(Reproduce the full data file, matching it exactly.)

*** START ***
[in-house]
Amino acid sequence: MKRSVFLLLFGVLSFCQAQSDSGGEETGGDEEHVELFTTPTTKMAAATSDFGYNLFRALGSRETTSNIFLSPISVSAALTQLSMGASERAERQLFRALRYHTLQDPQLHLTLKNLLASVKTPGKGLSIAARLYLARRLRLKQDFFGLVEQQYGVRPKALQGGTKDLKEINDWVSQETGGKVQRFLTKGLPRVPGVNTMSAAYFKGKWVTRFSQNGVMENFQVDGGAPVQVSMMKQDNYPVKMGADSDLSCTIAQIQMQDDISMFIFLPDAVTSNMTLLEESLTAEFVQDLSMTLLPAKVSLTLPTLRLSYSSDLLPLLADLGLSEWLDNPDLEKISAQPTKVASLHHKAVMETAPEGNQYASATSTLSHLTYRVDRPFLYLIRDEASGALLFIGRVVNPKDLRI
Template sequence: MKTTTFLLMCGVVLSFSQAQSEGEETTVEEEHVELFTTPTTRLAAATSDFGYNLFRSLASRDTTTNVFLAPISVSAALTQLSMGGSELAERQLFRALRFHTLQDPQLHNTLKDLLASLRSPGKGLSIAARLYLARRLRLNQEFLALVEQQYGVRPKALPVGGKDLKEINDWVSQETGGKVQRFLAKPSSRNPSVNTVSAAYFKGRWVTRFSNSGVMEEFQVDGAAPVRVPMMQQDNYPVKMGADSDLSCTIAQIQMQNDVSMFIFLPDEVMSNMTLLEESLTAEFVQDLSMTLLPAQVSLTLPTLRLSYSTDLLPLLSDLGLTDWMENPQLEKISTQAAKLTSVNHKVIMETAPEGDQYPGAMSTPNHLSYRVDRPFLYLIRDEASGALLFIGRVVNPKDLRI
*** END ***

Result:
[in-house]
Amino acid sequence: MKRSVFLLLFGVLSFCQAQSDSGGEETGGDEEHVELFTTPTTKMAAATSDFGYNLFRALGSRETTSNIFLSPISVSAALTQLSMGASERAERQLFRALRYHTLQDPQLHLTLKNLLASVKTPGKGLSIAARLYLARRLRLKQDFFGLVEQQYGVRPKALQGGTKDLKEINDWVSQETGGKVQRFLTKGLPRVPGVNTMSAAYFKGKWVTRFSQNGVMENFQVDGGAPVQVSMMKQDNYPVKMGADSDLSCTIAQIQMQDDISMFIFLPDAVTSNMTLLEESLTAEFVQDLSMTLLPAKVSLTLPTLRLSYSSDLLPLLADLGLSEWLDNPDLEKISAQPTKVASLHHKAVMETAPEGNQYASATSTLSHLTYRVDRPFLYLIRDEASGALLFIGRVVNPKDLRI
Template sequence: MKTTTFLLMCGVVLSFSQAQSEGEETTVEEEHVELFTTPTTRLAAATSDFGYNLFRSLASRDTTTNVFLAPISVSAALTQLSMGGSELAERQLFRALRFHTLQDPQLHNTLKDLLASLRSPGKGLSIAARLYLARRLRLNQEFLALVEQQYGVRPKALPVGGKDLKEINDWVSQETGGKVQRFLAKPSSRNPSVNTVSAAYFKGRWVTRFSNSGVMEEFQVDGAAPVRVPMMQQDNYPVKMGADSDLSCTIAQIQMQNDVSMFIFLPDEVMSNMTLLEESLTAEFVQDLSMTLLPAQVSLTLPTLRLSYSTDLLPLLSDLGLTDWMENPQLEKISTQAAKLTSVNHKVIMETAPEGDQYPGAMSTPNHLSYRVDRPFLYLIRDEASGALLFIGRVVNPKDLRI